- The Magazine
“I no longer live in sorrow,” proudly proclaims Jennifer Holliday. “I no longer have a lot of misery. But I definitely know how to sing a love song.”
Oh, boy, does she ever.
This woman with a voice so rich, so resonant, so sweet, so thunderous that it could topple Rome and probably sink the rest of Italy as well, took Broadway by storm in 1981 with her defining portrayal of Effie White in Michael Bennett’s Dreamgirls. After leaving Dreamgirls, Holliday had a modest success as a recording artist — and found a performing haven in the gay nightclub circuit — but it wasn’t until a few years ago, with a recurring guest stint on Ally McBeal that Holliday reentered the public eye in a big way. “Seventeen million viewers, every week,” she says, “and most of them had never even heard of Dreamgirls.“
And this once famously overweight, now fabulously svelte woman with that amazing voice will be on the Main Stage of the Capital Pride Festival this Sunday, June 8, to topple the capital and sing, among other things, her signature hit from Dreamgirls, “And I’m Telling You I’m Not Going.”
Prepare to be blown away.
METRO WEEKLY: You’re scheduled to appear at this Sunday’s Capital Pride Festival. Can you talk a little bit about what the gay audience has meant to you over the course of your career?
JENNIFER HOLLIDAY: Well, first of all, I would say that if it were not for the gay and lesbian community, I would really not have half the career I’ve had. Throughout the lows in my career, this community remained loyal, remained faithful, didn’t care whether I had a hit record or not. This community supported me, this community fed me and paid my mortgage by letting me sing in the clubs at three, four o’ clock in the morning, by just letting me support myself and not become a humiliating story on E! [Laughs.]
I guess you could call it a love affair between myself and this community. And because of their undying love, it carried me over until the rest of the world caught up.
MW: What do you think makes gays so loyal to artists?
HOLLIDAY: That I don’t know. I’m not a psychologist and I don’t really ask a lot of questions. But the only thing that I did notice — the one time that I was hurt by the gay and lesbian community — was when I first lost weight years ago and suffered a lot of rejection from them. I got a lot of ugly mail. Not nasty, but in the sense that they felt that I had abandoned them. And my reply back was, “Look, I am not about to be big and fat again just so you can feel better about yourselves.”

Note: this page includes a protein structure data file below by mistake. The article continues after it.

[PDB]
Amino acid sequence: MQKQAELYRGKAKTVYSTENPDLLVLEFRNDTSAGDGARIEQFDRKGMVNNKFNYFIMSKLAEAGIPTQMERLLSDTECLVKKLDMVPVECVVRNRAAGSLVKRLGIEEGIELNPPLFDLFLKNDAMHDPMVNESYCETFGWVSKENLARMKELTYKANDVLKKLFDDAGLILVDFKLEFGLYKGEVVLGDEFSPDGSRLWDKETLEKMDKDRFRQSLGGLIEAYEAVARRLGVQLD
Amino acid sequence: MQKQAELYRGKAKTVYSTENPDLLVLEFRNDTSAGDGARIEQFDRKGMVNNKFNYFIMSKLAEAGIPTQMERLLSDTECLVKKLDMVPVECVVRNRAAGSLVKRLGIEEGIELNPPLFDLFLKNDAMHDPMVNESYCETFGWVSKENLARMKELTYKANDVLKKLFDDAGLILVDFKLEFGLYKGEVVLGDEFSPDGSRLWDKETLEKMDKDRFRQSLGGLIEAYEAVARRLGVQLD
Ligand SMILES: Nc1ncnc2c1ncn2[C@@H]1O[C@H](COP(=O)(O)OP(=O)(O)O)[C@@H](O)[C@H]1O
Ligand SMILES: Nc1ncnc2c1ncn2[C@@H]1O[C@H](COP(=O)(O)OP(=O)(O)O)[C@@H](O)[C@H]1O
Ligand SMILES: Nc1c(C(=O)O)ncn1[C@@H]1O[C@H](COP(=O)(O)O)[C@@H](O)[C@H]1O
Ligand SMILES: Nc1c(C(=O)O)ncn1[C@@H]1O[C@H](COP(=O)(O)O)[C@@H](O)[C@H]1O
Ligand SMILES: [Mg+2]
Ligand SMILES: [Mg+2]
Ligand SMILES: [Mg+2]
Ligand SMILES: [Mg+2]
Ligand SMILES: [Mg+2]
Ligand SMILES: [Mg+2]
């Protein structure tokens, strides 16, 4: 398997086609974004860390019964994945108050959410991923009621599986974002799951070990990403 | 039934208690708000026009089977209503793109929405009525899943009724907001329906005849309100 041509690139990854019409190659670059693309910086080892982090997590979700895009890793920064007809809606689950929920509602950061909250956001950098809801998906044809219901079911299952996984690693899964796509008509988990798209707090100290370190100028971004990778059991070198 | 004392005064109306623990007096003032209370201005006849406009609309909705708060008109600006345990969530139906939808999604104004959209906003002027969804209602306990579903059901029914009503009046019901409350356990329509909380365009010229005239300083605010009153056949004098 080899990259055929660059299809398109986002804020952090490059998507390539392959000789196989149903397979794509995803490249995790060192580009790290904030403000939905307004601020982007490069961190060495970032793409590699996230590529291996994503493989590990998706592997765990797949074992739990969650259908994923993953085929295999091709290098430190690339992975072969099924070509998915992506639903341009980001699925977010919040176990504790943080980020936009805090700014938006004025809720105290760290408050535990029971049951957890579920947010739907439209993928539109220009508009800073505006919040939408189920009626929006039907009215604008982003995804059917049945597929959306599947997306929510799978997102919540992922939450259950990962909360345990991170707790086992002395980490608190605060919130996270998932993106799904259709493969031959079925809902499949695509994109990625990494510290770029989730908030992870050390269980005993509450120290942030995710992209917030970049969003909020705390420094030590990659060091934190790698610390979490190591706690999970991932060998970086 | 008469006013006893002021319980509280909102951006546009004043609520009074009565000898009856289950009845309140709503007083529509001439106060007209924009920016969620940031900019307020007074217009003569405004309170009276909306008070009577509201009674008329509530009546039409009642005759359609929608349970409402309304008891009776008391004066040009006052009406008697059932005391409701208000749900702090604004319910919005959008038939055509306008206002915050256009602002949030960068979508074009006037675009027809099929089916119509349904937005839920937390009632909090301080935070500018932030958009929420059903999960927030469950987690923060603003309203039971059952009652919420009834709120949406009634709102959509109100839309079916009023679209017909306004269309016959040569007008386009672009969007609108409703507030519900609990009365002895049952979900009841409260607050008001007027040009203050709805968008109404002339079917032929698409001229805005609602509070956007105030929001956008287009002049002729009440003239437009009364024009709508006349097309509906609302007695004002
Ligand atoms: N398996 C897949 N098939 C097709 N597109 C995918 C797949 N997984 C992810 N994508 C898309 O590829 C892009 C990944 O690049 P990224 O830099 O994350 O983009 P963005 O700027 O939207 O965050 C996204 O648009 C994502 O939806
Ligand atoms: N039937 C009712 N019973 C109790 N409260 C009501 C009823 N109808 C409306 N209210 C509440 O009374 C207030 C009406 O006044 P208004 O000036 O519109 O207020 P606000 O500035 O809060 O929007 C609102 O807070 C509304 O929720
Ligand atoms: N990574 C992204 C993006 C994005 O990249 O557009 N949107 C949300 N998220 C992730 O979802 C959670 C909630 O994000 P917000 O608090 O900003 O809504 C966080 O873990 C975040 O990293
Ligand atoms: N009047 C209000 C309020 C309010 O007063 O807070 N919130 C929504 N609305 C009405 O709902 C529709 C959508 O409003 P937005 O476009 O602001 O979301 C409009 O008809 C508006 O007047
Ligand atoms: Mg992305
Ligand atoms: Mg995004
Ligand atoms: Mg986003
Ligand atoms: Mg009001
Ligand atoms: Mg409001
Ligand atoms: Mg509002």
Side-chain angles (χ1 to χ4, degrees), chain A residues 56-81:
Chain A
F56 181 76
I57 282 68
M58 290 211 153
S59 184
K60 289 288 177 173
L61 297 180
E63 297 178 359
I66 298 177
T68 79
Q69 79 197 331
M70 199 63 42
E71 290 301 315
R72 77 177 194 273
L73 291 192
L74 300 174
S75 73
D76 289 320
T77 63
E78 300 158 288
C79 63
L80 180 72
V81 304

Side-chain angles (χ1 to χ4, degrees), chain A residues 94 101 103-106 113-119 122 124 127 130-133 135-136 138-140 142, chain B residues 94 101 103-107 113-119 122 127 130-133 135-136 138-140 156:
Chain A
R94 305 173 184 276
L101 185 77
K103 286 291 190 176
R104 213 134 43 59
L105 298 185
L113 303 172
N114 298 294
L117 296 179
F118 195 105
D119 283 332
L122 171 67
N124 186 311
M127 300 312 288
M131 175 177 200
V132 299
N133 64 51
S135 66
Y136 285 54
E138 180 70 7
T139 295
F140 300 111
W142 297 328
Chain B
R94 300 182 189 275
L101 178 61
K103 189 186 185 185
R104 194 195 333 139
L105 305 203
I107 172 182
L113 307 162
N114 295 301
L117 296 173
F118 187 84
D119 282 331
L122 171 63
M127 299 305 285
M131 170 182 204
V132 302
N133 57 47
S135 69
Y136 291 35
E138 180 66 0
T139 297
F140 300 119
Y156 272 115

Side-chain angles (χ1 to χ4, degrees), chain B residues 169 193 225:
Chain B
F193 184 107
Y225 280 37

MW: Do you remember the first time you had a notion of what gay was?
HOLLIDAY: Yes, I do, because I’d come from Texas — went straight from the church to the theater [in New York City]. My first show, before Dreamgirls, was called Your Arms Are too Short to Box with God. And during that time, it was the first time that I had ever seen two men kissing. And I was really shocked because I had never envisioned, in my mind, what that would look like. Everybody in New York back then was free, everybody was doing things, and I just figured you either know, you don’t know, or you go along with the program.
MW: What gifts do you feel you bring to the world?
HOLLIDAY: I think that my music is pretty much the only gift that I have. I’m not a wealthy person, so it’s not like I can go around and be some kind of great philanthropist. And so my music is my gift, and I try to be true and honest with that — the emotion is real, the love is real, and it’s very passionate. And then in my life I try to also be a giving friend and a giving person in my community and do as much as I can wherever I can.
MW: You have gay friends.
MW: How would you respond to somebody who called one of your gay friends a faggot and started spewing hatred?
HOLLIDAY: I don’t know. I can’t imagine that happening. I’ve never seen that. But I’ve also never seen anybody come up to a black friend of mine, either, and call them names. Unfortunately, I have been with some Jewish friends and heard some terrible things said about them. I was completely shocked — I had no idea that there was so much hatred against Jews, not only in the world but also in America.
I guess what I’m trying to say is that gays are not the only ones who have a daily battle with trying to be who they are — it’s a daily battle for many individuals. And we need to develop tolerance, we really do. We need to develop tolerance on every level.
MW: Final question: What defines a diva these days?
HOLLIDAY: A diva these days has changed since the days that we were really divas. I mean, now people who really can only sing two notes are divas. [Laughs.] All because they can demand a big salary and a big entourage. So diva to me is associated with the word demand. Back in the day, we worked for Divadom or Divaship, whatever you want to call it. Now it’s not something that’s earned, it’s something that everyone gives a title to. If you can generate some sales, you’re a diva. And it doesn’t matter if you can really sing or not.
Jennifer Holliday will perform at the Capital Pride Festival Mainstage this Sunday, June 8. Visit www.capitalpride.org. Ms. Holliday will also perform at The Edge on Friday, June 6, at the weekly party Bounce, at 1:30 a.m. See The Edge Friday night listing in Nightlife for more details. Visit www.edgewet.com.
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